1) Protect your company by reducing liabilities – The possibilities of lawsuits, unfortunately comes with the territory of being in business. We hear all too often how customer disputes can transpire from a simple miscommunication, and result in costly legal battles where it’s difficult to decipher who is at fault. Corporations, along with their employees can both be held liable in these circumstances, and no matter the outcome, the cost can be exorbitant. Fortunately, there are proactive measures that can be taken with services like call recording. By recording your calls, you create a record of every interaction. Recorded evidence can be extremely beneficial when trying to defuse customer disputes before they escalate into actual lawsuits. If the case were to go to trial, the recording would be a valuable asset for your legal team and could be admissible in court as evidence.
2) Satisfy regulatory requirements – There are so many different government regulations in place, it’s hard to keep up. Compliance is an important concern and requirement for many businesses, but especially crucial if you are in the financial, insurance, healthcare or legal sector. Many of these industries are required by law to record all verbal communications. Call recording ensures your business complies with these regulations and can prevent you from being fined or prosecuted.
3) Keep your business secure – Beyond satisfying regulatory concerns, there are also privacy and security concerns to take into consideration. With a call recording service in place, you have the ability to ensure that confidential business information is not compromised and can easily detect security problems. You can also monitor employee activity and help reduce any inappropriate conversations that could be detrimental to your business like illegal activity, sexual harassment, or the excessive use of company time for personal phone calls. Additionally, call recordings can be encrypted by some providers to make sure you meet compliance and CPNI requirements if relevant to your business or industry.
4) Maintain quality control and evaluate performance – Having the ability to listen to and monitor current and past call recordings provides a huge advantage, allowing for more control over the quality of the interactions your employees have with your customers. With call recording, recordings are stored in the cloud, making them accessible to listen to online from anywhere. This provides supervisors with instantaneous access and the ability to quickly and discretely evaluate how calls are handled in their natural context, and without employee knowledge. Additionally, this type of storage offers the ability to filter past recordings based upon a variety of search criteria including: inbound caller ID, outbound dialed number, extension recorded, date and time. When combined with robust evaluation report features, it doesn’t get any easier to customize reports and fill them out while you’re listening to recorded calls.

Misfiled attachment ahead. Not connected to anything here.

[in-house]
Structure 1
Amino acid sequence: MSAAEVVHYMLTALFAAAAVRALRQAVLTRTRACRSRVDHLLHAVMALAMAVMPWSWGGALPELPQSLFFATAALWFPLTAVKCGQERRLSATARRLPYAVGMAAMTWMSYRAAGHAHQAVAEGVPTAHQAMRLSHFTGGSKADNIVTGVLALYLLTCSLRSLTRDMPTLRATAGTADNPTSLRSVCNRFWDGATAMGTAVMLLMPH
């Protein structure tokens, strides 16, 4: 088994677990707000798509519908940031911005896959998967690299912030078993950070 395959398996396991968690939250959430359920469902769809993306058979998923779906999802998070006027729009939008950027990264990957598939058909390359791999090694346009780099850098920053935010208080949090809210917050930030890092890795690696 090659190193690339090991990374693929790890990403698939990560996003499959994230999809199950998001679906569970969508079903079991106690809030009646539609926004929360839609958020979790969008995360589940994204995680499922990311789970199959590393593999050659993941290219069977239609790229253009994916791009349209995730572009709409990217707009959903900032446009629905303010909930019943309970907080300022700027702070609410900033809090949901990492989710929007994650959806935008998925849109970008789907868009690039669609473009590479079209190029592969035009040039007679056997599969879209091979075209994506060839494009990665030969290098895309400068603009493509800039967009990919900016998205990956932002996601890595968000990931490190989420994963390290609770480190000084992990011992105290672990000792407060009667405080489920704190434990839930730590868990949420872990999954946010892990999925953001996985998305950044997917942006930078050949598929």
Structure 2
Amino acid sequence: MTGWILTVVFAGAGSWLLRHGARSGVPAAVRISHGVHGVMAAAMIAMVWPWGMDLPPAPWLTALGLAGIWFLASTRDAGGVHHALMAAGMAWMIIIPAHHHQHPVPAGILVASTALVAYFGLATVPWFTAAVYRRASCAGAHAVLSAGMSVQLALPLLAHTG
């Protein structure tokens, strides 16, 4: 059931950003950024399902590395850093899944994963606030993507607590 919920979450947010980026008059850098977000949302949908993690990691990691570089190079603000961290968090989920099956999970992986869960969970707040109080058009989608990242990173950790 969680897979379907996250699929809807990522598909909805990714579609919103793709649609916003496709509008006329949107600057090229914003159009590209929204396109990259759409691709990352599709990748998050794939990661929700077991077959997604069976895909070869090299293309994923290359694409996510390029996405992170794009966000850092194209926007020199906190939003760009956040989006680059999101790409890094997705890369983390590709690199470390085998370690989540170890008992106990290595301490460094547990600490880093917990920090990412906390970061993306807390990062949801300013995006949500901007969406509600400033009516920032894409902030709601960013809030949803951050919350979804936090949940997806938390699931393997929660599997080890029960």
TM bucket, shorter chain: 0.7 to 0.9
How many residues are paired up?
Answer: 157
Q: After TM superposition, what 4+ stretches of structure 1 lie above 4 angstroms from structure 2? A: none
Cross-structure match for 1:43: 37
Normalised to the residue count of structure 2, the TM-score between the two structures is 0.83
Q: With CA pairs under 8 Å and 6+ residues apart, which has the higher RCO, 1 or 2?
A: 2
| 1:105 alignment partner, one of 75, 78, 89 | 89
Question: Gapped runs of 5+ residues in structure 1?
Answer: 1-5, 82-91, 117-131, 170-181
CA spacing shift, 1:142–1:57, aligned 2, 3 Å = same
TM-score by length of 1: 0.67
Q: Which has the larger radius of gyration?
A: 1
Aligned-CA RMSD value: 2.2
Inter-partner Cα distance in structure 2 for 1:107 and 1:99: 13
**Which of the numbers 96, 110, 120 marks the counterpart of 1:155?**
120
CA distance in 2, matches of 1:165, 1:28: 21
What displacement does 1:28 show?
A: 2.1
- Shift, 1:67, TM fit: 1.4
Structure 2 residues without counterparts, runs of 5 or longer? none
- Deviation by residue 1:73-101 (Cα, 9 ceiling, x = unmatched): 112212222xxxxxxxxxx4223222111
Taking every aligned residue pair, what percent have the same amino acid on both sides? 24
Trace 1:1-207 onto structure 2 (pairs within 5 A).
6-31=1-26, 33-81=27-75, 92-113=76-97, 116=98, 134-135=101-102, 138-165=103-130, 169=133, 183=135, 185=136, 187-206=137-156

5) Improve training and develop best practices – We all have expectations of how we’d like customer calls to be handled and we do our best to communicate that to our new employees, but by having pre-recorded calls, you have the unique advantage of showing live examples of different circumstances that may arise and how you’d like them to be handled. This allows you to set expectations from the very beginning, as well as create uniformity and best practices for the employees to follow. Training and growth is a continual process and should be ongoing for employees no matter how long they have worked for you. With call recording, you can share employee’s recorded calls to address concerns on the spot and continuously improve the quality of your business’ communications.
It’s important to remember that your employees are on the front lines each and every day. In every interaction they have with the public, they are your company representation. These individual experiences can have a significant impact on your reputation and your success. If you haven’t already, the best place to start when modernizing your approach to communications and compliance is to implement a quality UCaaS solution that offers contact center services and extension call recording. Windstream Enterprise offers various options for these services, including our
award-winning OfficeSuite UC® solution. Feel free to reach out with any questions.
A friend recently decided to take an extended cross-country trip with his family. Faced with a demanding work load and colleagues who depended on him, he decided the only way to pull it off was to go virtual office from his RV. Equipped with two wireless providers, and a suite of unified communications and connectivity tools, they set off on their adventure. Luckily his company had recently changed to a new communications and network service provider that not only had a full suite of UC tools but offered it in a self-service environment that seamlessly connected all of his communications, including voice/phone, video, presence, IM/chat, SMS/text and web collaboration. It also worked on all his mobile devices so he wasn’t tethered to a PC and could roam freely with his mobile phone or tablet.